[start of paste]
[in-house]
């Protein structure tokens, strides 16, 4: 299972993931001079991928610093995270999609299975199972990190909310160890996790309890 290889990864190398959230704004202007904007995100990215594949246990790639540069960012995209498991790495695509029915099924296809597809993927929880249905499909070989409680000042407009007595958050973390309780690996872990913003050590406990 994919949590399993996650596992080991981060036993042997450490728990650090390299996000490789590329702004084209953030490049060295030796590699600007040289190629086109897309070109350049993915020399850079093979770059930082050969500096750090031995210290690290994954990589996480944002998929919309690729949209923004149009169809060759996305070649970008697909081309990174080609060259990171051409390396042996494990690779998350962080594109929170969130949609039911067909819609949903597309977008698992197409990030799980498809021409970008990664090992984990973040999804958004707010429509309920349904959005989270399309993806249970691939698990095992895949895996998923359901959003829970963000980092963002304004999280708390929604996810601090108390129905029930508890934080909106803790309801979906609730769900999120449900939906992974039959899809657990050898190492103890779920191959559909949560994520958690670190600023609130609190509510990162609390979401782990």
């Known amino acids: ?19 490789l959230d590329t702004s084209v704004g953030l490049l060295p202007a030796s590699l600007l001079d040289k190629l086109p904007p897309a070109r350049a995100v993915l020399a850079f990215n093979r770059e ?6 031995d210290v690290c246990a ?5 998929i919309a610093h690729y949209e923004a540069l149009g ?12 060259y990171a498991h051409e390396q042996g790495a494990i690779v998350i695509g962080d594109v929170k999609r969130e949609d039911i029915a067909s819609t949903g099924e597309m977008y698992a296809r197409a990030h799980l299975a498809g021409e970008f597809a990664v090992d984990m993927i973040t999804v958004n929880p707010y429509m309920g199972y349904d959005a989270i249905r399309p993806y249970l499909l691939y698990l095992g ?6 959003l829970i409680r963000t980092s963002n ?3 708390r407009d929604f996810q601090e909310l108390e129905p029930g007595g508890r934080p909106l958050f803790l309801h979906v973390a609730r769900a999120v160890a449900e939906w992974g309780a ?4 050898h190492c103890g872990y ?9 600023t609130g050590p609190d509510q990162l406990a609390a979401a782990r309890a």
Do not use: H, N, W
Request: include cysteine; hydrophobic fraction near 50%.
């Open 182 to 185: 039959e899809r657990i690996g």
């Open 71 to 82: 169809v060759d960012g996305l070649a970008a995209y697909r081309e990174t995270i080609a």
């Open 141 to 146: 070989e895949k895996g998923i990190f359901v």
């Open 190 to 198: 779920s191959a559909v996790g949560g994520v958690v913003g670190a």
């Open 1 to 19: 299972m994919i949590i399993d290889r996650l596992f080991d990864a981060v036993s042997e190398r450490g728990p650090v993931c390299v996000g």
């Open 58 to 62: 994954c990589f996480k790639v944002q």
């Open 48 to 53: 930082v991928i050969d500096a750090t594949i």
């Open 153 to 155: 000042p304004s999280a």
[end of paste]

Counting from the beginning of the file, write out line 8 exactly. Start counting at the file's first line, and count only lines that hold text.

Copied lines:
């Open 141 to 146: 070989e895949k895996g998923i990190f359901v």